FORT WORTH, Texas – A north Texas man has been indicted by a federal grand jury on two counts of wire fraud in relation to an investment fraud scheme he operated since January 2007.
This indictment was announced by U.S. Attorney James T. Jacks of the Northern District of Texas (NDTX). The case is being investigated by U.S. Immigration and Customs Enforcement's (ICE) Homeland Security Investigations (HSI).
Christopher Blackwell, 32, of Colleyville, Texas, was arrested in Phoenix, Ariz., earlier this month on a charge outlined in a related federal complaint filed in the NDTX. Blackwell remains in custody; a date has not yet been set for his arraignment in U.S. District Court in Fort Worth.
According to the indictment, Blackwell allegedly deceived investors by falsely telling them that he would invest their money in business ventures that would generate a high rate of return, and by fraudulently assuring them that the investments would involve little to no risk. He told investors that their money would be invested in specific business ventures. But when he received investors' money, instead of investing it he used most of it for his own personal benefit. On occasion, he used some of the funds from new investors to make small payments to earlier investors to convince them that their money was generating a profit. However, not all investors received payments from Blackwell, and many lost all the money they invested.
According to the criminal complaint filed in the case, more than 20 victims, suffering more than $4 million in losses as a result of Blackwell's scheme, have been identified. One investor, identified only by initials, lost all of the $325,000 he gave Blackwell to invest. In fact, after this investor wired the money as directed to Blackwell's accounts, agents obtained Blackwell's bank records and were able to determine that Blackwell didn't invest the money as promised. Instead, he used it for personal expenditures, including automatic teller machine withdrawals, dining and entertainment, luxury vehicle expenses, and payments to family and business associates.
In February 2011, the U.S. Securities and Exchange Commission (SEC) filed a complaint against Christopher Love Blackwell, AV Bar Reg Inc. and Millers A Game LLC, two entities he controls. The SEC complaint claimed that Blackwell enticed investors by telling them that his trading program would generate highly impressive, guaranteed returns of 25 to 30 percent per month with regularity. He falsely claimed these profits were possible because of his academic pedigree, including Master's and Ph.D. degrees acquired at a prestigious university in Spain (Blackwell holds no such degrees); his extensive experience as a trader (he has little, if any, such experience); and the know-how and connections he acquired while employed by Goldman Sachs and The Bank of Madrid (he never worked at either firm). In March 2011, the SEC and Blackwell and his entities entered into an agreed judgment.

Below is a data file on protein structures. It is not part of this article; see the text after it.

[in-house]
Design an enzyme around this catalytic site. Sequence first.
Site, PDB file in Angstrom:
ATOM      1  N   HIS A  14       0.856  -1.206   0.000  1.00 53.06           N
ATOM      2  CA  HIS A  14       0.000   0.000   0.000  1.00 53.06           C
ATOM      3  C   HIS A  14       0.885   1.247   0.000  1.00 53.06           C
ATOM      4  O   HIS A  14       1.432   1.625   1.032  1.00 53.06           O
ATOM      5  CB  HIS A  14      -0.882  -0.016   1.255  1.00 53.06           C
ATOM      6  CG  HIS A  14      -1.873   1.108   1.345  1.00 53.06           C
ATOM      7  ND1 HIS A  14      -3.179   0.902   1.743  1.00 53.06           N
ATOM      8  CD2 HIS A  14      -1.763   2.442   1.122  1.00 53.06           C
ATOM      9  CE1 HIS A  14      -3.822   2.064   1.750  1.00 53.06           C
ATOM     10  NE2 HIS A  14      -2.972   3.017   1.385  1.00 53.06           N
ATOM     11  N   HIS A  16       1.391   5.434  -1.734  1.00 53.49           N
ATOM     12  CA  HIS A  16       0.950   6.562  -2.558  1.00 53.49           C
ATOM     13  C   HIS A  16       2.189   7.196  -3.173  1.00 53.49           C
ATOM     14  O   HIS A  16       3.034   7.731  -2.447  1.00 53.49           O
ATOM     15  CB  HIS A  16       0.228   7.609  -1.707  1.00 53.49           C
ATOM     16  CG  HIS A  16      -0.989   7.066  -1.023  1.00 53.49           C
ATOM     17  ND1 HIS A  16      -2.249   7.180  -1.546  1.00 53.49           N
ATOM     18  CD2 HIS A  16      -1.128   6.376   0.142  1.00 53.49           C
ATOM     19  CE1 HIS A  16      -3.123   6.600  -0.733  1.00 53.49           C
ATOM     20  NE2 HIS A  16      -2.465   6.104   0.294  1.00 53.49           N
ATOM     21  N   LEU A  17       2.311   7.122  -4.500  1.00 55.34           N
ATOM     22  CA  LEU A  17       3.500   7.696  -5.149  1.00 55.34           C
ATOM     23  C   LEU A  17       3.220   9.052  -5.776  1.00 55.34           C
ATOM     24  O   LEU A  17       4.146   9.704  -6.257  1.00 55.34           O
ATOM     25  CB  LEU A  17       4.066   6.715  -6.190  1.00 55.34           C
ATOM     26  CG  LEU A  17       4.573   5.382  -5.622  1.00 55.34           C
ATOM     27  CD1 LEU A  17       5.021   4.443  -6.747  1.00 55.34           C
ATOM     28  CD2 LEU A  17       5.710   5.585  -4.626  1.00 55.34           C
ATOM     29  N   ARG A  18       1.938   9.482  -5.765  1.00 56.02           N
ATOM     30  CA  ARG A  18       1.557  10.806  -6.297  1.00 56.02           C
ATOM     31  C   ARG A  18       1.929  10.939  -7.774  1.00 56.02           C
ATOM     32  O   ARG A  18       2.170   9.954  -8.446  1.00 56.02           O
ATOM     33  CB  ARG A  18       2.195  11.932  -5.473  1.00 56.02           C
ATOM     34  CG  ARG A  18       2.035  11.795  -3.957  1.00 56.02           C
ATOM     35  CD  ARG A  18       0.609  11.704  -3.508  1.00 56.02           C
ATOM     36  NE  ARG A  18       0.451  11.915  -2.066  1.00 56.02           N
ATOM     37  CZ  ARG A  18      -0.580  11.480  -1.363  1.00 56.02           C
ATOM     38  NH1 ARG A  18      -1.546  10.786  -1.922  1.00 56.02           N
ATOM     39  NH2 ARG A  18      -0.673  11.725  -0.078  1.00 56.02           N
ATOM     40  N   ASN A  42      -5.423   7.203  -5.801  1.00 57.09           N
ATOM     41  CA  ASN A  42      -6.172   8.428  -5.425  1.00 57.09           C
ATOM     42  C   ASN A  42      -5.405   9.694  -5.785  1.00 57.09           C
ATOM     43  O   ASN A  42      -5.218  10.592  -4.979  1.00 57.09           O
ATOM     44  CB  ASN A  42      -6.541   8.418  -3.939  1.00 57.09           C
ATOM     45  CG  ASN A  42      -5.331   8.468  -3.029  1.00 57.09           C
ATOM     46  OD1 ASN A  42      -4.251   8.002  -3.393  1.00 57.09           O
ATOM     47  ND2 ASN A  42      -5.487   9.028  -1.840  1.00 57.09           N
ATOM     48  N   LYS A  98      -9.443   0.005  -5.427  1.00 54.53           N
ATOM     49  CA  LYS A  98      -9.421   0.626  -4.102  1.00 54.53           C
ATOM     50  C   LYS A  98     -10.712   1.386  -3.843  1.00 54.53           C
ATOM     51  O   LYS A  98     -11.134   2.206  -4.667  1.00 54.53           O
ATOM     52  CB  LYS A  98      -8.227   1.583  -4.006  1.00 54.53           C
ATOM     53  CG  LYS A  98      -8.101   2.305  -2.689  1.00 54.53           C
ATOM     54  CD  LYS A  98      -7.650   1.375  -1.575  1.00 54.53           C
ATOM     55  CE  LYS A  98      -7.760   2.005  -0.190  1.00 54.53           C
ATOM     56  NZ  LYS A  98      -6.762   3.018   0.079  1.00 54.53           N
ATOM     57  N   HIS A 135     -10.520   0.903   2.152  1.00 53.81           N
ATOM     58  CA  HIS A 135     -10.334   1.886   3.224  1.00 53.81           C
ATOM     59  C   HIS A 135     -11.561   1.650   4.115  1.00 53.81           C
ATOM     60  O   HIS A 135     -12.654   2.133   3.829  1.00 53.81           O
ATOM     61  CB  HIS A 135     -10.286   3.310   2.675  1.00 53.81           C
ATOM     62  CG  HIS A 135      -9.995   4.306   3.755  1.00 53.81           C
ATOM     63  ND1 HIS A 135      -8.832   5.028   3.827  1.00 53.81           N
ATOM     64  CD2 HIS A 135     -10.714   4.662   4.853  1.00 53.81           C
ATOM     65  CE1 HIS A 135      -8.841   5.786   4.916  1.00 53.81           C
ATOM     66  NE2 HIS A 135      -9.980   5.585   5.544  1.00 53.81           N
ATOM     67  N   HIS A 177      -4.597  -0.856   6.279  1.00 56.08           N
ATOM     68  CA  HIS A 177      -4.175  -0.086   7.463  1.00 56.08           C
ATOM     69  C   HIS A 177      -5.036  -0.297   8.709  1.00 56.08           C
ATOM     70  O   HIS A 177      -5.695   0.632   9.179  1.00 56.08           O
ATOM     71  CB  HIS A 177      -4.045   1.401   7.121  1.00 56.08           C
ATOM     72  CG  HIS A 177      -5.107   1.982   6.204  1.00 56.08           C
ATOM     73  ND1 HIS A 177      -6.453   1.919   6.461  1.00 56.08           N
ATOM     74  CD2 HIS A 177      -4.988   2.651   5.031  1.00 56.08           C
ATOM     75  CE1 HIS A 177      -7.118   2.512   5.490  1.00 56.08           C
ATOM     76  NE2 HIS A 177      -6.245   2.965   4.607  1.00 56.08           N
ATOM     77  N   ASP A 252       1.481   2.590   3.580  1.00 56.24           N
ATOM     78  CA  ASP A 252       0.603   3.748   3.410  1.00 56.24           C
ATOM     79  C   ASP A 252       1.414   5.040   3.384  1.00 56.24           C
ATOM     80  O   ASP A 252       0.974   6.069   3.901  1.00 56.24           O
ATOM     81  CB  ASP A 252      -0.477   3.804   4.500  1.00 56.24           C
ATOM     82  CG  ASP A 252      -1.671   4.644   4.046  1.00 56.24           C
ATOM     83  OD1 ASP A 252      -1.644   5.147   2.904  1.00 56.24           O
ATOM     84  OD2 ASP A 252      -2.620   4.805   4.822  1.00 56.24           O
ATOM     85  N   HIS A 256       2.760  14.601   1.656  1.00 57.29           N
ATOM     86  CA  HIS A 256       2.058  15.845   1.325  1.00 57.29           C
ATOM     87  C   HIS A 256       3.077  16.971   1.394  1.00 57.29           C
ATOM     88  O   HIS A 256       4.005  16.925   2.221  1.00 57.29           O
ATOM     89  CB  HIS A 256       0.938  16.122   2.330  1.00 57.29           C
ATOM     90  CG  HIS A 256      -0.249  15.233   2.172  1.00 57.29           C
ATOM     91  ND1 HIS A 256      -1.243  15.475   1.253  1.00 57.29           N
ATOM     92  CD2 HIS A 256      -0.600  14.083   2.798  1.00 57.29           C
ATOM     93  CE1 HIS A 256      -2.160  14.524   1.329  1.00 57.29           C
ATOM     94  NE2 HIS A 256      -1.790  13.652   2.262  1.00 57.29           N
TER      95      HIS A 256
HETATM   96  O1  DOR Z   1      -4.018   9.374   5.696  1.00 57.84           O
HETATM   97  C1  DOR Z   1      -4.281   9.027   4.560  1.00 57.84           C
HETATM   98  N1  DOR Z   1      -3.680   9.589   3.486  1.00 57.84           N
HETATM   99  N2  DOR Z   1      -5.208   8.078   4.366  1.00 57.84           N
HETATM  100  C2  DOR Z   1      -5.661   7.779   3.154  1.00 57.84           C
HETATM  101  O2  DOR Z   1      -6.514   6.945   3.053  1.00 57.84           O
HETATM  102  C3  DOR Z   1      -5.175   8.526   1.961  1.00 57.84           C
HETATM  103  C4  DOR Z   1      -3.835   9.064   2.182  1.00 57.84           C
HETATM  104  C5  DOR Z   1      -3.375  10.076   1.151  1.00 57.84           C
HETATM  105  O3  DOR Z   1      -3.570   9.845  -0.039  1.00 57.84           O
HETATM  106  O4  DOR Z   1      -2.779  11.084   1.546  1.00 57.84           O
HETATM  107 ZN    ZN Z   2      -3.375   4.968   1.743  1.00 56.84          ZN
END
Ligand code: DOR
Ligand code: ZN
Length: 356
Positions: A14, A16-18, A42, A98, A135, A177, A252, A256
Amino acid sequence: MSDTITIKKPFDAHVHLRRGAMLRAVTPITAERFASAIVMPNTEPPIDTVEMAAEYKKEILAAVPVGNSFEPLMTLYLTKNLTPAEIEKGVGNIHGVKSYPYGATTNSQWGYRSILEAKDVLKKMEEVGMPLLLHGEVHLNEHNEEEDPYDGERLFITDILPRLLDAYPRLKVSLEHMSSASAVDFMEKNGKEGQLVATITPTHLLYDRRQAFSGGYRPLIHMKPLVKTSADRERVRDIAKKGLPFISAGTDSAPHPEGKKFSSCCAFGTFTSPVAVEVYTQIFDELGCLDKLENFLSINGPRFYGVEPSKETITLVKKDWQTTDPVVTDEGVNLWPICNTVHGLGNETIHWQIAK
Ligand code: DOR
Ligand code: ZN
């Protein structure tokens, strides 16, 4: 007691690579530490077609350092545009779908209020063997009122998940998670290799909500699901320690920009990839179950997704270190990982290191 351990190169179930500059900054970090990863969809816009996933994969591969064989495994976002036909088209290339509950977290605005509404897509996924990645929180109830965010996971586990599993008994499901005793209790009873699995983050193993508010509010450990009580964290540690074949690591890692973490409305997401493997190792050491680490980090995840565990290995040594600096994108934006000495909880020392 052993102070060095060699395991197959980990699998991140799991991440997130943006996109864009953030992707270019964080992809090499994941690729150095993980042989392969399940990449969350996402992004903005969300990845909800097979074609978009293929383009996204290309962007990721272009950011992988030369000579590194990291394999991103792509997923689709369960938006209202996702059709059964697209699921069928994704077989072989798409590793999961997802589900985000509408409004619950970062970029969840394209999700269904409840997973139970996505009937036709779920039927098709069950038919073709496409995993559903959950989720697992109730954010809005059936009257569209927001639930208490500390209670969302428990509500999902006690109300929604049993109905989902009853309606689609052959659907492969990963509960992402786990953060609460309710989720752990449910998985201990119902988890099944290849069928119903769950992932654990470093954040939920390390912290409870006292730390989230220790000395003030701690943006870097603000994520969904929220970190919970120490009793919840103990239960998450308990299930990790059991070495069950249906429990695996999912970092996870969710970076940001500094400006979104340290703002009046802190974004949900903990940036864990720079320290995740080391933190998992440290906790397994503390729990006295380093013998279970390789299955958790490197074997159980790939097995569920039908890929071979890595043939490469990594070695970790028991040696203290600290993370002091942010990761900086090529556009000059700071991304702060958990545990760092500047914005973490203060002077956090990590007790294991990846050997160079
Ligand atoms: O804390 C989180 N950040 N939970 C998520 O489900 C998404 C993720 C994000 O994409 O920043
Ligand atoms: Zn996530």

This case was brought in coordination with President Barack Obama's Financial Fraud Enforcement Task Force. President Obama established the interagency Financial Fraud Enforcement Task Force to wage an aggressive, coordinated and proactive effort to investigate and prosecute financial crimes. The task force includes representatives from a broad range of federal agencies, regulatory authorities, inspectors general and state and local law enforcement who, working together, bring to bear a powerful array of criminal and civil enforcement resources. The task force is working to improve efforts across the federal executive branch, and with state and local partners, to investigate and prosecute significant financial crimes, ensure just and effective punishment for those who perpetrate financial crimes, combat discrimination in the lending and financial markets, and recover proceeds for victims of financial crimes. For more information about the task force visit: www.stopfraud.gov.
An indictment is an accusation by a federal grand jury, and a defendant is entitled to the presumption of innocence unless proven guilty. If convicted, however, each of the wire fraud counts carries a maximum statutory sentence of 20 years in prison and a $250,000 fine. Restitution could be ordered.
Assistant U.S. Attorney Jay Stevenson Weimer is in charge of the prosecution.